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Jello Biafra and the Guantanamo School of Medicine – Glasgow, ABC 2

Dr. Al Zappa checks out the legendary Dead Kennedys frontman.

Some lines stick in your head for a lifetime. In words of yesteryear, ‘punks not dead it just deserves to die, when it becomes another stale cartoon’. The waiting assembly of extending waistlines, receding hairlines and comfortable footwear makes me twitchy. Is that a lack of expectancy I smell in the room? Dim the lights and, whadya know, it might just have been me after all.

Flailing on to the stage sporting blood-stained lab coat and surgical gloves, Jello Biafra shows few signs of any passing years. This is still the Jello of old and my first reaction is to smile. The man has lost not a shred of his aura and I’m thrilled. And I’ve lost none of the sheer pleasure I’ve always felt at watching him perform. If you’re a fan, there are no surprises waiting and I’m grateful for that.

But there’s no time to reminisce as “Terror of Tinytown” opens a set with more than a passing nod to the Dead Kennedys. Biafra may still be the man, but the GSM are no one man show. Brothers Jon and Andy Weiss tight as rhythm, Ralph Spight and Kimo Ball impressive on guitar. The sound is certainly heavier than, but maybe not as inventive as the DKs. Jello still snarls and froths at political shenanigans on both sides of the pond, the war on drugs, consumer culture and greed, greed, greed but the band, for all its forcefulness, made it look seemingly effortless at times.

More tracks from The Audacity of Hype and Enhanced Methods of Questioning stink of trademark Jello being who and what he always was and always must be. “New Feudalism”, “Strength Thru Shopping”, “Pets Eat Their Master” and “John Dillinger” – the set goes by too fast for us – always a good sign.

As and expected, the set included a few DK classics. “California Über Alles”, “Police Truck,” “Moon over Marin” and “Holiday in Cambodia” the latter finishing the first encore and sending a disappointingly half filled room off its collective nut. Again Jello didn’t disappoint, throwing himself headlong onto the arms of the pit and surfing round the room.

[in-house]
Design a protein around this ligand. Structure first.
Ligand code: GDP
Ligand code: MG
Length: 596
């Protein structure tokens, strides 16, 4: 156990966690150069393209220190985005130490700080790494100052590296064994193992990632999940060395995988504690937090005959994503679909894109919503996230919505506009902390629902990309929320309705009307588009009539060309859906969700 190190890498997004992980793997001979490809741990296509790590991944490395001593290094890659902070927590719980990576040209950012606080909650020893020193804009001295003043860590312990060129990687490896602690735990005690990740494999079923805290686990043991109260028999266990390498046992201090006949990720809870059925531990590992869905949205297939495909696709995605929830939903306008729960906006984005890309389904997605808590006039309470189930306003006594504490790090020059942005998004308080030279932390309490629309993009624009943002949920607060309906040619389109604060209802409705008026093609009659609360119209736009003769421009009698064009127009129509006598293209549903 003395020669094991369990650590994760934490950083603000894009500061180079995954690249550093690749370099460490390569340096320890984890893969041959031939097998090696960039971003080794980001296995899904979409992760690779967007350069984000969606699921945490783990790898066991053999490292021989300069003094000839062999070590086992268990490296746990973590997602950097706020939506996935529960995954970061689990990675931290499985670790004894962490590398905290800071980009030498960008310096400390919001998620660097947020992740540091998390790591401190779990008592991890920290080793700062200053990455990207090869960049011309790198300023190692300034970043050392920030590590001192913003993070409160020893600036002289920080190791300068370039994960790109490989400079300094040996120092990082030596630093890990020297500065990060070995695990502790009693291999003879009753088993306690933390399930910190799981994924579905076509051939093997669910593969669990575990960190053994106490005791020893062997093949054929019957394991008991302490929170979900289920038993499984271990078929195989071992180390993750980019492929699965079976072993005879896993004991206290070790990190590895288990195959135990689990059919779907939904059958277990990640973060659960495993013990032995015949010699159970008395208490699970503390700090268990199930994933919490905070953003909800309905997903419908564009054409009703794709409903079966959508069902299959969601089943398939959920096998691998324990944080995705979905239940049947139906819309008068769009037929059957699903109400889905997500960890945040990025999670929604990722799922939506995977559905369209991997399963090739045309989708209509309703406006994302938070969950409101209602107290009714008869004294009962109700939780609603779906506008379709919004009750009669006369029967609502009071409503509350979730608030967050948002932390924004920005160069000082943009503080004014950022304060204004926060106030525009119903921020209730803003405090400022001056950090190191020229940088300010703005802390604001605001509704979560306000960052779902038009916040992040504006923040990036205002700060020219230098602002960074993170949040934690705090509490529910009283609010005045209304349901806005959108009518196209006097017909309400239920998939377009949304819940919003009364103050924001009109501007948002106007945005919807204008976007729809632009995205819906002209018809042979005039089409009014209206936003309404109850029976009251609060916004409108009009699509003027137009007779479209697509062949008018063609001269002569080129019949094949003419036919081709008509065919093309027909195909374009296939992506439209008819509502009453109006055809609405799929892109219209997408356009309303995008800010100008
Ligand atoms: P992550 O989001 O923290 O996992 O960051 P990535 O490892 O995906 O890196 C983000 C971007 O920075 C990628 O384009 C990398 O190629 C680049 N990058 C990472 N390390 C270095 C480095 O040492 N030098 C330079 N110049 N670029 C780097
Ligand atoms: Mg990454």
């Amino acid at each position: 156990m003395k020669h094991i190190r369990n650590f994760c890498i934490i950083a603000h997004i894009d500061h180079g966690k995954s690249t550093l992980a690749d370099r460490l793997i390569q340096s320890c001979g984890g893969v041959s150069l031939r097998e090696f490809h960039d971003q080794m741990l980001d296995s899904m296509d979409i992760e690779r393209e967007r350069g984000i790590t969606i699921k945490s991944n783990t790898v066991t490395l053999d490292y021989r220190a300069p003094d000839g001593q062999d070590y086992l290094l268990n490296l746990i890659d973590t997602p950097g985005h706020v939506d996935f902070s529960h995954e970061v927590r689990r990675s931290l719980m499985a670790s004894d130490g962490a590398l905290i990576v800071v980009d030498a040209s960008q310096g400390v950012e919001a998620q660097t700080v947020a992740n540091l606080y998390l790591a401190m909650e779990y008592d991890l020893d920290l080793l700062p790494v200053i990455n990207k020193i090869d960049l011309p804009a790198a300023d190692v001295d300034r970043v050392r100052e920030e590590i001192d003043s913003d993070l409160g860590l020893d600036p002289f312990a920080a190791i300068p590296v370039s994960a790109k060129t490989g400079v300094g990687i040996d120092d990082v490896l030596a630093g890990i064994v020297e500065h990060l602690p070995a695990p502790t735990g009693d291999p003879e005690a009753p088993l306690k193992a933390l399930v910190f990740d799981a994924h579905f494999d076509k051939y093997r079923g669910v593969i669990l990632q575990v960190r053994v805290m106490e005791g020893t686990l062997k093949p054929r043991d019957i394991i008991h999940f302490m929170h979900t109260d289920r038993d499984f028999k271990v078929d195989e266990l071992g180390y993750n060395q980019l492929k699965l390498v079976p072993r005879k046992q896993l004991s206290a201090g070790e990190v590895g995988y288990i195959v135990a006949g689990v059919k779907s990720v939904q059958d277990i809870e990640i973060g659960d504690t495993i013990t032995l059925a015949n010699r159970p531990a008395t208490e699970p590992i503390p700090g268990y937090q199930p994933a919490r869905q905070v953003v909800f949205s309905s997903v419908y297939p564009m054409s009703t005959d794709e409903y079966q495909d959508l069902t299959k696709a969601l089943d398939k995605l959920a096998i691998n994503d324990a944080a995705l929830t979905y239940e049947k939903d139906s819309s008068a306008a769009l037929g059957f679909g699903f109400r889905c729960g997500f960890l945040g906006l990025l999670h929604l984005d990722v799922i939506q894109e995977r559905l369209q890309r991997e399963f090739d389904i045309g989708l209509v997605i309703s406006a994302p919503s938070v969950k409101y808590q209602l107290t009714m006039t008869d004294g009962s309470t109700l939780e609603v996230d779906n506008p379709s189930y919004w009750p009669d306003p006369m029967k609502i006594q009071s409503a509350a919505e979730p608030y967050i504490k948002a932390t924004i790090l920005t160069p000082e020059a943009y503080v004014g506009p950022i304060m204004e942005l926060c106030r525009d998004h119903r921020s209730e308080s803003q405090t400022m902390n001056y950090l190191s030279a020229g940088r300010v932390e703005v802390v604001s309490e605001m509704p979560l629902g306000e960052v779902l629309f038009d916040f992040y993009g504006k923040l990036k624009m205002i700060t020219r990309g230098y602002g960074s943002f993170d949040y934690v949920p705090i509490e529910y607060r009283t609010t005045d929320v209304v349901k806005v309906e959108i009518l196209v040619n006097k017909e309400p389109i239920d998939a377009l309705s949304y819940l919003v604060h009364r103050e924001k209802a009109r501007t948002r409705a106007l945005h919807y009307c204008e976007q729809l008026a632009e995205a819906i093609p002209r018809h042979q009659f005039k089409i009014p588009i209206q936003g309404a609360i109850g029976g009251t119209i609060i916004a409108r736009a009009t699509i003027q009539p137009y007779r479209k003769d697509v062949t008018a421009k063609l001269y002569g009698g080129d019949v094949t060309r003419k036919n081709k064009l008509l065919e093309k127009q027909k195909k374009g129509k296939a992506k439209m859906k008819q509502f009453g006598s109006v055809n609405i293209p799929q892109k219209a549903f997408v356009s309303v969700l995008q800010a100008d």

Having seen other icons making a few quid in their autumn years JB and the GSM are the antidote. Jello Biafra is no doubt a man with obsessions but his heart and conscience are where they always were; in the now.

The fortysomethings may run back and stuff themselves in rigid business costumes, but for as long as there’s Jello, there’s hope.



3 Responses

  1. I saw them at the Rebellion Festival in Blackpool last weekend. It was a complete aural blitzkreig with the acrobatic vocals of Jello tying in with the surf-punk-meets-Suicide madness of the band.
    I’ve seen literally hundreds (maybe thousannds) of bands.
    I’ve seen the Clash and The Ramones at the Apollo, The Birthday Party at their crazed peak, The Smiths and REM at Glasgow Nitemoves on different nights. All epochal and zeitgiest-defining but Jello and TGSOM was without doubt one of the top five bands I’ve ever seen.
    That good.

  2. This was a great gig, finally after 30 years of listening to JB sing I got to see him do it live in front of me. I’d seen a couple of Spoken word shows over the years but to hear him sing with a great band was a long held hope and was finally fulfilled on this night.

    Every time I’ve seen him though he has exited a taxi or car at my back and walked past me into the venue! Usually claiming to be late.

    I enjoyed the whole set but the newer songs stood out for me, I could have done with less DK songs in the set which I still find a strange thought. Having said that hearing the unexpected “Moon Over Marin” was a treat.

  3. Wasnt half filled – official capacity is 400ish and there was at least that there! Fantastic gig, hopefully Liquid Rooms in Edinburgh this autumn?

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